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2014-01-28 at 15:08

'She’s watching us'

By Matt Vis,
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Linda Buchan would be amazed by the success of an annual event she played a pivotal role in starting.

Ron Buchan said his wife, who passed away in 2002 after her fourth bout with cancer, would be thrilled by the progress the Bearskin Airlines Hope Classic has made for cancer care in the region.

“She would be ecstatic to see how far we’ve come,” he said at a news conference on Tuesday at the Fort William Curling Club in advance of the 18th annual event.

“She never would have dreamed, in her wildest dreams, we would be where we are today.”
The event has grown to be one of the most successful fundraisers in the entire city, raising more than $2.4 million in support of the Linda Buchan Centre through the Thunder Bay Regional Health Sciences Foundation.

Sam McKnight, director of diagnostic services at the Thunder Bay Regional Health Sciences Centre, said the Linda Buchan Centre is the only breast assessment site in the region and is instrumental to providing treatment to women in their home community.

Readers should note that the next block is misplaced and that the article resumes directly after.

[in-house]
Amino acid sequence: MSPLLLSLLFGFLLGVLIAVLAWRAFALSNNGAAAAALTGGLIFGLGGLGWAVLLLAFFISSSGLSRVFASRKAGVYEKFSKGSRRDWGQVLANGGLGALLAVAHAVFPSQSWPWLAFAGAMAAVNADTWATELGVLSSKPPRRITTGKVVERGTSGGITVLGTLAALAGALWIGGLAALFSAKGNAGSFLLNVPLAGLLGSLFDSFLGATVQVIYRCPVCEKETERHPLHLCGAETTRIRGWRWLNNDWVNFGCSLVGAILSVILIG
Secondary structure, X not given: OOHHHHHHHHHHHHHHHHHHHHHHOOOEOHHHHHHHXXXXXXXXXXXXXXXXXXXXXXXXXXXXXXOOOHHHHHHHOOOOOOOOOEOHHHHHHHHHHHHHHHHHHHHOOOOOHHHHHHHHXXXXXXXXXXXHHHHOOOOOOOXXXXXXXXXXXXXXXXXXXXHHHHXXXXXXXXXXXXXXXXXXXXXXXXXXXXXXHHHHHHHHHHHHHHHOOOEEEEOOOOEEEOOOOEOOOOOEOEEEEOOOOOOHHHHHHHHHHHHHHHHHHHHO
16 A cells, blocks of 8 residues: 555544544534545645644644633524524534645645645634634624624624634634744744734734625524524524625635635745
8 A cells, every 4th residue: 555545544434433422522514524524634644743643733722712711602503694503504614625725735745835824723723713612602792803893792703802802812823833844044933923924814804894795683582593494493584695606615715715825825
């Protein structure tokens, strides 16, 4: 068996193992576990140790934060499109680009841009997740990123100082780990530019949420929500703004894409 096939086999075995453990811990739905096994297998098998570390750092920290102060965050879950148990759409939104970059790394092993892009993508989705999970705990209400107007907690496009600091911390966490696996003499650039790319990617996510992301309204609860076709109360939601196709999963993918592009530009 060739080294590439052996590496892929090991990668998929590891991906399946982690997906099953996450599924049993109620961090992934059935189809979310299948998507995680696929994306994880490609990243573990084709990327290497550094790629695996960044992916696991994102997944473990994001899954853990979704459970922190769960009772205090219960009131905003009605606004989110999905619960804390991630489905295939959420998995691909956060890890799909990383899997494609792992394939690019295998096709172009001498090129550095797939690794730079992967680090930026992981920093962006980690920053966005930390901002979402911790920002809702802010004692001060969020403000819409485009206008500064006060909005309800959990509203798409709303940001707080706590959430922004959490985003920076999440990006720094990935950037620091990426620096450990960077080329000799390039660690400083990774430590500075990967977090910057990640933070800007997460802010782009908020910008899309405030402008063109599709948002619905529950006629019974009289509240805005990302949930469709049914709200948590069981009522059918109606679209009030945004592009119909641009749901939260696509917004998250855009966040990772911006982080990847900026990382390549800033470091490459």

“The donations and funds that come in through the Hope Classic are instrumental with providing the Health Sciences Centre with imaging equipment for our breast assessment centre and we’re able to have state-of-the-art equipment because of the sponsorship we receive,” McKnight said.

Event chair Sue Childs has been running the event since Buchan’s passing and said her long-time friend and curling teammate is still a part of the tradition.

“She’s there and she’s watching us,” Childs said. “She’s very proud of the women of Thunder Bay and the people of Northwestern Ontario who support this event because it’s all about raising the money because this affects every single one of us, everyone has been touched by cancer.”

This year’s event will feature 48 teams participating throughout the course of a weekend, running from Feb. 7-9. Each curler must obtain at least $100 in pledges, meaning the event will raise a minimum of $24,000.

Where it goes from there is a bonus, Childs said.

At least $150,000 has been raised in each of the past 11 years and Childs owes the success to the communal feel of the weekend. In addition to the on-ice action, there are activities such as dancing, silent auctions and raffles to keep the mood light.

“The women walk in here on Friday night at 5 p.m. and it’s like you’re in another world,” she said.

“There are friendships renewed, the camaraderie and just the whole atmosphere and high-energy in the room, it’s two and a half days of fun.”

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